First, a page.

To better manage this risk, New Gold Mining in Northern Ontario is now testing every employee for COVID-19.  New Gold has 150 workers in 14 day rotations entering the camp.  The company uses Precision Biomonitoring test kits at its River operations.  The battery-operated analysis device is about the size of a toaster and contains the necessary reagents and technology to analyze nine samples at a time and deliver results to a smartphone app in about an hour. Rapid identification of anyone carrying the virus allows containment of virus and protect other workers.  [see Sarah Bridge, Ioanna Roumeliotis, “Ontario mining company 1st to try new mobile test that diagnoses COVID-19 in as little as an hour,” CBC News, 11 August 2020 available at ]

Rapid testing with rapid results is essential to limiting chains of transmission in the community.  That is why many jurisdictions place such an emphasis on contact tracing.  While smartphone-based contact-tracing apps are being implemented in many countries and some firms, not everyone has a cellphone and many who do have older ones that may not be compatible with the contact tracing app. 

Singapore was among the first to roll out a contact tracing app but privacy concerns and low uptake from the general population limited its use. Although migrant workers were required to download the app, large gaps in coverage made the app less effective.  Now Singapore is handing out small TraceTogether “tokens” to those without phones or reluctant to use GPS based technologies.  The battery-operated token is worn or carried in a purse or pocket.  It interacts with other tokens and smartphones with the enabled TraceTogether app.  In the event of a positive COVID-19 test result, the token can be turned over to public health contact tracers.  Close-proximity Bluetooth contacts over the previous 25 days stored on the device facilitate contact tracing.  [See Saira Asher, “Coronavirus: Why Singapore turned to wearable contact-tracing tech”, BBC Singapore, 5 July 2020 at ]

Testing poses lots of questions: who to test, how often, how quickly can results be obtained, how reliable are the results, how are results communicated and to whom… Equally important is what happens next.  Without rapid isolation of positive cases and quarantine of close contacts, testing does not effectively break the chains of transmission. 

Many other strategies and tactics

This set of observed strategies and tactics illustrate what steps are being taken to protect workers, but these observations are illustrations not a comprehensive examination.  Organizations are innovating and implementing many other ideas to achieve the objective of keeping workers and others in the workplace safe from Covid-19 infection.  As our understanding of the virus, the sources of transmission and the means of prevention improve, strategies and tactics must evolve.

Most techniques rely on more than awareness of the hazard.  Managing this risk relies on training, supervision, and support.  Implementing broad use of PPE, for example, requires more than putting a box of masks and gloves on the breakroom table or a bottle of hand sanitizer in the lobby.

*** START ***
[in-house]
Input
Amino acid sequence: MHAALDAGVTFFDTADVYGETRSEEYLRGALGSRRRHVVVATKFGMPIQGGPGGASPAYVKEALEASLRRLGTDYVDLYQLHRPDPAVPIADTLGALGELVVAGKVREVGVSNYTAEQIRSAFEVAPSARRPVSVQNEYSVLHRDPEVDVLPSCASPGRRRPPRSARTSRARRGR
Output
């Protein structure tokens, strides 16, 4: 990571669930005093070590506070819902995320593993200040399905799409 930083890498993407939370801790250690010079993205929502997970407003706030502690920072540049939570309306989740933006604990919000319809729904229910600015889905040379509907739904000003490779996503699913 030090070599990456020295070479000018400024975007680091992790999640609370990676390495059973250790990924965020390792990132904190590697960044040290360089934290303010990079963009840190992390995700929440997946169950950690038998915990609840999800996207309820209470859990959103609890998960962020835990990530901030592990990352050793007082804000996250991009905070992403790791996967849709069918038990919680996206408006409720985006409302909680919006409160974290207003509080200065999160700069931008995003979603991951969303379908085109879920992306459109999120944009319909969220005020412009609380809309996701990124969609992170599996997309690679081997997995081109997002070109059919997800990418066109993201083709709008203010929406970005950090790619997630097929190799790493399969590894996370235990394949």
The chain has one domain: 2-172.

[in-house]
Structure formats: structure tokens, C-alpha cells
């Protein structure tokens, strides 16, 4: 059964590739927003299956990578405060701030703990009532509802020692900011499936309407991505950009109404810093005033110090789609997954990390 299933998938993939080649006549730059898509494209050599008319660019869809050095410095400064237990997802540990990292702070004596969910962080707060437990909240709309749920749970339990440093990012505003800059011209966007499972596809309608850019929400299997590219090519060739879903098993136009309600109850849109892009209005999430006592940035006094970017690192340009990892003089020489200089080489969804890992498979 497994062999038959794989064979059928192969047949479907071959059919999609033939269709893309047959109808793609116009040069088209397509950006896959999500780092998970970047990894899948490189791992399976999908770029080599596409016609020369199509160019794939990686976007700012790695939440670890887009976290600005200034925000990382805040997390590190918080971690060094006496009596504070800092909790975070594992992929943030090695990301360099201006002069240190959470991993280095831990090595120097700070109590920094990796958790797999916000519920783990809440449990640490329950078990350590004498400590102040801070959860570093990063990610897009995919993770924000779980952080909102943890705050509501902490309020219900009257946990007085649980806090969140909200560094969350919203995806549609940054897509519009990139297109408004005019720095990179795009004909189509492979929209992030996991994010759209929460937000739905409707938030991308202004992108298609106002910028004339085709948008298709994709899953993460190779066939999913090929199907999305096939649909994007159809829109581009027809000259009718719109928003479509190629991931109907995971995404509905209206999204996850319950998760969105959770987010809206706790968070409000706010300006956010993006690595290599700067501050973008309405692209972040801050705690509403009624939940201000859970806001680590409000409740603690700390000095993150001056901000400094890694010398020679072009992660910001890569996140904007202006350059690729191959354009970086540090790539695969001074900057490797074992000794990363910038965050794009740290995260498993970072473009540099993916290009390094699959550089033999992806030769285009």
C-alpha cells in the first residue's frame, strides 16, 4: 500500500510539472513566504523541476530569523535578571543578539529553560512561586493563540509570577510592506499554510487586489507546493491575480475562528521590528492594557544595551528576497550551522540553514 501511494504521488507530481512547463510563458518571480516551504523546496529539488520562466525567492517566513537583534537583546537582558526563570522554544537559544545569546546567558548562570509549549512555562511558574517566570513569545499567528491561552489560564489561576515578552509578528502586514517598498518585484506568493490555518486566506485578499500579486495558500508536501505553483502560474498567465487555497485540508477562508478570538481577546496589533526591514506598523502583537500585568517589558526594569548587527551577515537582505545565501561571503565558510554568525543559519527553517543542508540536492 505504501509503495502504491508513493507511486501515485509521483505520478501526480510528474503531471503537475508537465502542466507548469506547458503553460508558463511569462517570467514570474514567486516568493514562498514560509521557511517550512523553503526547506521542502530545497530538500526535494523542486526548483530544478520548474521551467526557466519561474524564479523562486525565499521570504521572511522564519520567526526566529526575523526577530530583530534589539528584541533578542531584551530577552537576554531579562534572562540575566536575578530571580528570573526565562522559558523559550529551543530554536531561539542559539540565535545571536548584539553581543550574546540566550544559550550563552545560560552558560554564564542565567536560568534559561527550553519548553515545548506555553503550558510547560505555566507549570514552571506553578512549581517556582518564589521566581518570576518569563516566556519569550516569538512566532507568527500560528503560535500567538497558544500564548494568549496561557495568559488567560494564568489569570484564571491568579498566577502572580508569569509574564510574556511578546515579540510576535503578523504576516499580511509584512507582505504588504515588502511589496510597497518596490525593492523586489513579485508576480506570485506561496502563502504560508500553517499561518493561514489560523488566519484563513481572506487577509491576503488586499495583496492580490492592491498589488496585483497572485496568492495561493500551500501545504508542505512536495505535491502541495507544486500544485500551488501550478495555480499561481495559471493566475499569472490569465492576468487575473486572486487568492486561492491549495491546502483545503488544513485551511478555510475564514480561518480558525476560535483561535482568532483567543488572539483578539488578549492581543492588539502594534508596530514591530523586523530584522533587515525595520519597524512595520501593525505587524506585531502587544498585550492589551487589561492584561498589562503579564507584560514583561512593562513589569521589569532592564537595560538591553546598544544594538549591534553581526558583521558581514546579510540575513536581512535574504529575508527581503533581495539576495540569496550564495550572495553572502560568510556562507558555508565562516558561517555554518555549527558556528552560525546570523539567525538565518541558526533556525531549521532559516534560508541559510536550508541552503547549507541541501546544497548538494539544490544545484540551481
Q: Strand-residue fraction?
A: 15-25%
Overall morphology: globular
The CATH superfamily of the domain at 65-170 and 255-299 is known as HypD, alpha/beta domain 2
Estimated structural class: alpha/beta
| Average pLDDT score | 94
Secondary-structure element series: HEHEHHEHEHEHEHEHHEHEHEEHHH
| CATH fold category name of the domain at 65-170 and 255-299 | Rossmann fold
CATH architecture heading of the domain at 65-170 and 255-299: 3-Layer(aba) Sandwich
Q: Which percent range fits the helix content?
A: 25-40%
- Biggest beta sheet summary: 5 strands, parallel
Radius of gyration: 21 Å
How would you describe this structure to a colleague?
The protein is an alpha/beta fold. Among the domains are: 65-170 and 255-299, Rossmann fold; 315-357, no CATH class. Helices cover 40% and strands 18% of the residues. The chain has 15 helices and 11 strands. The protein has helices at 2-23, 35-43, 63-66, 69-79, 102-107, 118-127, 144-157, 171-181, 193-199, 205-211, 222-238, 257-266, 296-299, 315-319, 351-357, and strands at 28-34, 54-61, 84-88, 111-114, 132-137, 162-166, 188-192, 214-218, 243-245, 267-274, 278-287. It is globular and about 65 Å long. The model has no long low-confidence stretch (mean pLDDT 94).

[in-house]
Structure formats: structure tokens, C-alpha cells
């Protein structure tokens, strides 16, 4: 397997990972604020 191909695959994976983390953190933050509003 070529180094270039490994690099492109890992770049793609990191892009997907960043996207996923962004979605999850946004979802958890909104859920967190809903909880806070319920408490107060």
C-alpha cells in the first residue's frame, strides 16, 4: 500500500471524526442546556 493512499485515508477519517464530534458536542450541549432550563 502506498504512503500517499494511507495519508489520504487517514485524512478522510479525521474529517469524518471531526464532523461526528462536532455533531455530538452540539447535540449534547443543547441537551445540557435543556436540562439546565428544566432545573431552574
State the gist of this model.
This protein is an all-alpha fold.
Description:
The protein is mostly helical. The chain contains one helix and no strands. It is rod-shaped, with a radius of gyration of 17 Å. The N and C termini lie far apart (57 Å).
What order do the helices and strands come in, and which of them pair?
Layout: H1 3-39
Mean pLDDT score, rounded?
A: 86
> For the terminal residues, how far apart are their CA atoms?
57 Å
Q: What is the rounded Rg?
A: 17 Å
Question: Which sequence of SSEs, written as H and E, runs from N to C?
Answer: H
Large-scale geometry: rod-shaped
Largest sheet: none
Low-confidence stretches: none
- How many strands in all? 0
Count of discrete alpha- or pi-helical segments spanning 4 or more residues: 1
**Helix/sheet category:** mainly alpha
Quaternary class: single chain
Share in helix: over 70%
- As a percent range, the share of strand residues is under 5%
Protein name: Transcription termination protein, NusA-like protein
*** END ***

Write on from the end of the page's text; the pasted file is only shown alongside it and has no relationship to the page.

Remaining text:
Strategies and tactics may be fine in the abstract but meaningless if not fully implemented. If the COVID-19 safety plan posted in most businesses is not being followed, everyone who engages in that workplace is at increased risk—a risk that they may unknowingly carry with them to their families and community. 

Almost all effective safety plans rely on more than one strategy and associated tactics.  Even in isolated bubbles, handwashing, testing, monitoring, and PPE are needed.  Multiple strategies may overlap but never think of that overlap as wasteful.  Safeguards, controls, and defenses are always subject to defects—latent or active deficiencies that can permeate allow the hazard a pathway.  Each additional layer of protection decreases the risk of harm. 

As you traverse your communities, engage in your workplaces, and patronize businesses observe the actual COVID-19 prevention actions being taken.  Think about the underlying strategies and how well the implemented tactics contribute to achieving the prevention objective.      

Final comment

All the signage, plexiglass, and PPE in the world will make a difference in the trajectory of this pandemic if there is no buy-in from workplace participants.  As a consumer, I now where a three-layer non-surgical mask inside all inside workplaces I visit.  I have walked out of businesses that are obviously exceeding their allowed capacity.  I have gone out of my way to engage in businesses visibly following and enforcing their own workplace COVID-19 safety plans.

The best strategies and most effective tactics will not work if they are not followed.  Complacency and failures to prioritize safety are the biggest threats to the success of any safety plan.  As a worker, supervisor, consumer or other person in the workplace, this is not just a matter of following the plan but helping others to maintain vigilance and compliance every day.  COVID-19 will be a risk in the workplace for months and months to come.  Despite the natural tendency toward fatigue, making the strategies and tactics in every COVID-19 safety plan part of the culture is the only effective way forward.